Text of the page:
up vote 1 down vote accepted

I hope I understand your idea right. What's about this?

(defun magically-add (number &optional (base 'test-))
  (funcall (intern (concatenate 'string
                                (symbol-name base)
                                (write-to-string number)))))

It converts the number as well as the base into a string, concatenates it, then converts it back into a symbol for calling it.


CL-USER 1 > (defun test-1 () "hello World")

CL-USER 2 > (magically-add 1)
"hello World"

Note that this holds only for dynamically scoped functions – that means it does not work for functions defined with labels or flet. (For a similar reason why you cannot get the value of a lexical scoped symbol – for more details have a look here) If you want to have that, you can use a macro:

(defmacro magically-add (number &optional (base 'test-))
  (list (intern (concatenate 'string
                             (symbol-name base)
                             (write-to-string number)))))

Now it works for lexically scoped functions, too:

CL-USER 3 > (flet ((test-1 () "Hello again")) (magically-add 1))
"Hello again"


To answer to your problem after your edit – There two major things wrong.

First, you omitted the number variable and converted your new variable type to a string. So you will call a function named test-double that doesn't exist. Second, you call that function without any arguments. You must add them to the function-call.

Here is a version of magically-add that receives arbitrary number of arguments, but you MUST give the base variable to it. It doesn't default to test- anymore. It also uses the DEFUN version because of Rainer Joswigs comment below. Being restricted to only using plain numbers for the number argument (and not variables and not elements of lists) seems to be a greater inconvenience to me than not using lexically scoped functions.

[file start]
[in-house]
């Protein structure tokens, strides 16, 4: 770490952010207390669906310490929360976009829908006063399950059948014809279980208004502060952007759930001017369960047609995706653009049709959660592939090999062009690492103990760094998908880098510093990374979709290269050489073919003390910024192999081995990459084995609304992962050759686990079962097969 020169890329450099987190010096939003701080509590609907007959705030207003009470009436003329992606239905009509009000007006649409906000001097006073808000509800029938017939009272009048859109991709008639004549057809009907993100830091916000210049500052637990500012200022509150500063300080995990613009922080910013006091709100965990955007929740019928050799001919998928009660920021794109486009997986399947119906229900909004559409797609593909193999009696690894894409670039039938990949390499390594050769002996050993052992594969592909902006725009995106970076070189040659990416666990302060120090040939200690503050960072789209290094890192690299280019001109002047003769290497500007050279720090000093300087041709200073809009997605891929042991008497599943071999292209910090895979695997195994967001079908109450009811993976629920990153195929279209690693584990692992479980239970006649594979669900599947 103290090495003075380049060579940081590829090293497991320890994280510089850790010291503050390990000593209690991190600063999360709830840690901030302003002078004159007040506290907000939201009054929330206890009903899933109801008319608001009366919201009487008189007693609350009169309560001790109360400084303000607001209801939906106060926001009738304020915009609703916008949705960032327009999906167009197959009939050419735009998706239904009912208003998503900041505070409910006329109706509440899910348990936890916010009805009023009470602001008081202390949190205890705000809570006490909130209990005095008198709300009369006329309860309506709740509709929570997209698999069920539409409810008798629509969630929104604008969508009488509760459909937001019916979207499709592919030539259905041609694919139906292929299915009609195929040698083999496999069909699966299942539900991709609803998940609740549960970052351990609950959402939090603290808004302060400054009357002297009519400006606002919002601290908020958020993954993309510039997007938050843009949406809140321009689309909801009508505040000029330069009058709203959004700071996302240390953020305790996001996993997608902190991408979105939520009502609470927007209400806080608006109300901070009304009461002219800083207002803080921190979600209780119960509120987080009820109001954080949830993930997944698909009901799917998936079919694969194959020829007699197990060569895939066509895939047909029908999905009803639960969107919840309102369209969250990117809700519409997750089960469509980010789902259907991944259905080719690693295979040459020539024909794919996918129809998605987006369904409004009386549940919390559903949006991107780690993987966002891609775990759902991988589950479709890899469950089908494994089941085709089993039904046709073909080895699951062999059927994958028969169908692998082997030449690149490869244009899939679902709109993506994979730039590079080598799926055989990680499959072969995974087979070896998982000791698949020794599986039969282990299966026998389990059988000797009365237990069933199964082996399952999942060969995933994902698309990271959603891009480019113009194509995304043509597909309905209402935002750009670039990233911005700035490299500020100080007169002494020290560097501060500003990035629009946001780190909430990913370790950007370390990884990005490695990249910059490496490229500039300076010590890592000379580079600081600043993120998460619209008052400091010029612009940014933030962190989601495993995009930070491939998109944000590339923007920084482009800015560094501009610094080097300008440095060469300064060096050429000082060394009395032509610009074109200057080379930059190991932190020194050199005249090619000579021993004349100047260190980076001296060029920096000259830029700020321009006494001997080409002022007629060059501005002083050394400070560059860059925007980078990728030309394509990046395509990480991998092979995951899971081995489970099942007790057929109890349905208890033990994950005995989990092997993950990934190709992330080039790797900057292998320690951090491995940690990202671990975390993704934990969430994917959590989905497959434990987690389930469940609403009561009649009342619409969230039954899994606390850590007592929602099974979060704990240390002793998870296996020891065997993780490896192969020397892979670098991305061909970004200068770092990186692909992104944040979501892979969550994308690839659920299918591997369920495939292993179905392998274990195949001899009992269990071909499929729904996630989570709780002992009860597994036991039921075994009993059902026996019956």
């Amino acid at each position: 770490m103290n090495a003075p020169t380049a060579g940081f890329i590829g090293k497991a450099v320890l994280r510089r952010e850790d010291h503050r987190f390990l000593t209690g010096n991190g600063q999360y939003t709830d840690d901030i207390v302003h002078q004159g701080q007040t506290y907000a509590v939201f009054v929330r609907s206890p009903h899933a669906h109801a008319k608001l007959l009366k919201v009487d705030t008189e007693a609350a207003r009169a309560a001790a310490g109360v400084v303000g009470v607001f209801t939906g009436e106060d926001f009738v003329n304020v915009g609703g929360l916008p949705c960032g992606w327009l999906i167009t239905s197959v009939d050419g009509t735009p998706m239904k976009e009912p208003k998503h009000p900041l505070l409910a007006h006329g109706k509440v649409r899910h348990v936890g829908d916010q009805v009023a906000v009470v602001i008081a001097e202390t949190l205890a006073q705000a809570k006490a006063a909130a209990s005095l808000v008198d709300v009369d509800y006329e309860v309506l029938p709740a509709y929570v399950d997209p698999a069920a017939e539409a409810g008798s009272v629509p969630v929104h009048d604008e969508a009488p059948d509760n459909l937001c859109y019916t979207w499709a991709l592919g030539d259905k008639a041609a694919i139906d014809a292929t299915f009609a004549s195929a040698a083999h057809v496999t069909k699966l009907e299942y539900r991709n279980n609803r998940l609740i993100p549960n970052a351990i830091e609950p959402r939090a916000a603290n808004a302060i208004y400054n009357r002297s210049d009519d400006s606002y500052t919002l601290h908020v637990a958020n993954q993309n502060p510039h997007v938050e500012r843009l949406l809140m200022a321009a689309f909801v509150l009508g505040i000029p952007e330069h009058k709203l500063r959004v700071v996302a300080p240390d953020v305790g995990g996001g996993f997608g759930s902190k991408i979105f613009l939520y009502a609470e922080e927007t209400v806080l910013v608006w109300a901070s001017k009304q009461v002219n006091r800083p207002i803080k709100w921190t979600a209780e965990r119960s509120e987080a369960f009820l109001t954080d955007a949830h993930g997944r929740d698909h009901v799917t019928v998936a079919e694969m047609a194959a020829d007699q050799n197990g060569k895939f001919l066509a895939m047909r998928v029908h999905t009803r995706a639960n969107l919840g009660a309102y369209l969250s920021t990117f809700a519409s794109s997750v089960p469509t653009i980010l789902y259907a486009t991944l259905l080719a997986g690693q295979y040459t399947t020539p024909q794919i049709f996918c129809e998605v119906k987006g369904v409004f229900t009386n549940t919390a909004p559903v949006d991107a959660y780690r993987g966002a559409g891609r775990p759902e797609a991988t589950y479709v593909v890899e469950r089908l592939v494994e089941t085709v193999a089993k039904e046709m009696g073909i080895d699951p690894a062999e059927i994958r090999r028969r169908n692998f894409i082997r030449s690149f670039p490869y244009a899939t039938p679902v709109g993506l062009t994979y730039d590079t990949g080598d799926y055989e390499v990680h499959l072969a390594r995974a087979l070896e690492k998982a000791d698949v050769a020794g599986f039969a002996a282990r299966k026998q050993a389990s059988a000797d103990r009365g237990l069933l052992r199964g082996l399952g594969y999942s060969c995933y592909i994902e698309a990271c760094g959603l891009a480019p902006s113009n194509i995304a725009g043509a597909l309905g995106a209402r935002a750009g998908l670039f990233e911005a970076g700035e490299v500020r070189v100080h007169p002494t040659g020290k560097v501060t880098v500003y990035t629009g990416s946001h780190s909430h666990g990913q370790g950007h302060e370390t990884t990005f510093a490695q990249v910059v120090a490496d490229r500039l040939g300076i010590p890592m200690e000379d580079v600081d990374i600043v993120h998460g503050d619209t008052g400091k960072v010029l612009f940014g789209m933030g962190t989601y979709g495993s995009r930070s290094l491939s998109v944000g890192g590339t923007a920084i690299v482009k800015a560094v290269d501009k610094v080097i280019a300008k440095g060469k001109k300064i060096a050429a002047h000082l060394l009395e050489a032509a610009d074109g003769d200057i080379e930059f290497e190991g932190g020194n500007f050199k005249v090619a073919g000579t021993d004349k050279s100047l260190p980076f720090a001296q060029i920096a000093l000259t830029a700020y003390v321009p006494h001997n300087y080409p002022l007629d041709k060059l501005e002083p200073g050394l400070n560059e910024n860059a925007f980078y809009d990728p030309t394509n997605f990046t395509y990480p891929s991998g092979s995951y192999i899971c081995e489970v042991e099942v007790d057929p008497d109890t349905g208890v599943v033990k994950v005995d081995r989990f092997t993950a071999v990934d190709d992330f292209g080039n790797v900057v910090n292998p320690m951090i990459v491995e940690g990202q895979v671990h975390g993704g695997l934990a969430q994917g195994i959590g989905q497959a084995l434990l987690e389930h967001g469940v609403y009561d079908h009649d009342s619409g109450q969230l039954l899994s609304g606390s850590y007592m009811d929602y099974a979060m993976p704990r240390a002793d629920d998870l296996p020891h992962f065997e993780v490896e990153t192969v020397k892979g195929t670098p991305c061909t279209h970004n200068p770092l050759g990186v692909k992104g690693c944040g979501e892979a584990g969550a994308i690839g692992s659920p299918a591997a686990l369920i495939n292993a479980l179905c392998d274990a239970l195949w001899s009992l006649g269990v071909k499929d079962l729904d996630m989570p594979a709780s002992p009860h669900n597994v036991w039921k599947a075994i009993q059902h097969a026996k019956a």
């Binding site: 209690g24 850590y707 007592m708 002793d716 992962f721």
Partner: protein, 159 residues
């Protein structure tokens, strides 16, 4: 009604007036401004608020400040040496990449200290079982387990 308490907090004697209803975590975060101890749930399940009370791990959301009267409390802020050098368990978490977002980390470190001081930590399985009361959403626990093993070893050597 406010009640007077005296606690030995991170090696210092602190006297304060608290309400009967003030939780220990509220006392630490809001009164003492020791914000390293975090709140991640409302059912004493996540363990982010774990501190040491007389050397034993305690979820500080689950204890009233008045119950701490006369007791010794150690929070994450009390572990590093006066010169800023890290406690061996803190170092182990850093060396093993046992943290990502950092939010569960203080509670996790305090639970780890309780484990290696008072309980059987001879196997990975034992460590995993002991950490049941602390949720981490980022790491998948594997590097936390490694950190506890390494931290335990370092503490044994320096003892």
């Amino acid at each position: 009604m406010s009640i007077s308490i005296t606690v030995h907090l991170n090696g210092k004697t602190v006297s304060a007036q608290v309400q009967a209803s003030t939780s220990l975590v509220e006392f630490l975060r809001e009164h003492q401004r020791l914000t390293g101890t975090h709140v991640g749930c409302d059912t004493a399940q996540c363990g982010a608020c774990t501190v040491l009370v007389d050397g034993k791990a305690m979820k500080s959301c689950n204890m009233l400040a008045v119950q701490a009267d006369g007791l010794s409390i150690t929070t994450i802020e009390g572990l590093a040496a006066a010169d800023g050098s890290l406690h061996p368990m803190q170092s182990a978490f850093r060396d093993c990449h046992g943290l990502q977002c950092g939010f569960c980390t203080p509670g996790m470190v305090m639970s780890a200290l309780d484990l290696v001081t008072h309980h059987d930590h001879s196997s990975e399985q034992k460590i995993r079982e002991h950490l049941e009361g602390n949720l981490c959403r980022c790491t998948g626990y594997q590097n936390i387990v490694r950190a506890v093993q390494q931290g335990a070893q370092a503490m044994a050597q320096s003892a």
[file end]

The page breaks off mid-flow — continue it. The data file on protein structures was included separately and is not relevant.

(defun magically-add (base number &rest args)
  (apply (intern (concatenate 'string
                              (symbol-name base)
                              (write-to-string number)))

So the first two arguments are for contructing the function name and all the rest arguments used to call this function:

CL-USER 1 > (defun test-1 (foo bar baz) (list foo bar baz))

CL-USER 2 > (magically-add 'test- 1 "hi" 42 'symbol)
("hi" 42 SYMBOL)

If someone has an idea how to do something similar to that with not being restricted to dynamically scoped functions, I'd be interested, too.


To answer your second edit: There's quiet few to change to achieve that. write-to-string gives you a string of the printed representation of number. Of course, if it's the keyword :double, you'll get ":DOUBLE". You can just use symbol-name again to retrieve the name of the keyword – which is just "DOUBLE".

(defun magically-add (praefix postfix &rest args)
    (apply (intern (concatenate 'string
                                (symbol-name praefix)
                                (symbol-name postfix)))
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Macros run at compile time and take source code. This (let ((foo 1)) (magically-add foo)) does not work if it is a macro. –  Rainer Joswig Mar 13 '14 at 8:44
Thanks for yor hint, you are right! I can think of a version, that handles (let ((foo 1)) (magically-add foo)) (look here) – but that won't work with lexically scoped functions. Can you think of how to solve that? –  Frank Zalkow Mar 13 '14 at 9:25
@Frank Zalkow You did it again! more genius. This gives a lot of power and freedom to the programmer. I said genius because this fills in a lot of the cracks and answers a lot of the question I've been having about how much POWER Lisp it turns out it's ALOT!!!!!. In my latest Edit(Edit: 2) after summing up I'd like to pose one another tiny question while I/we have the chance at access to your intellect =). –  user3411335 Mar 13 '14 at 23:49
@user3411335 That has really neither something to do with genius nor with great intellect. A Common Lisp Tutorial Book of your choice and some practice give you the same understanding. (Btw, I like Practical Common Lisp alot.) –  Frank Zalkow Mar 14 '14 at 1:50
@Frank Zalkow I'm basically just learning from experience and reading sections of many books...and google. I missed that lesson so having you show me how to do that really helped is all I'm mans trash is another man's treasure=). I've been searching for how to do that in C++ with no luck either but after the benchmarking I just might keep my functions light and name them creatively. This knowledge will help in other ventures I;m sure though so thank's again for your insight. –  user3411335 Mar 14 '14 at 9:10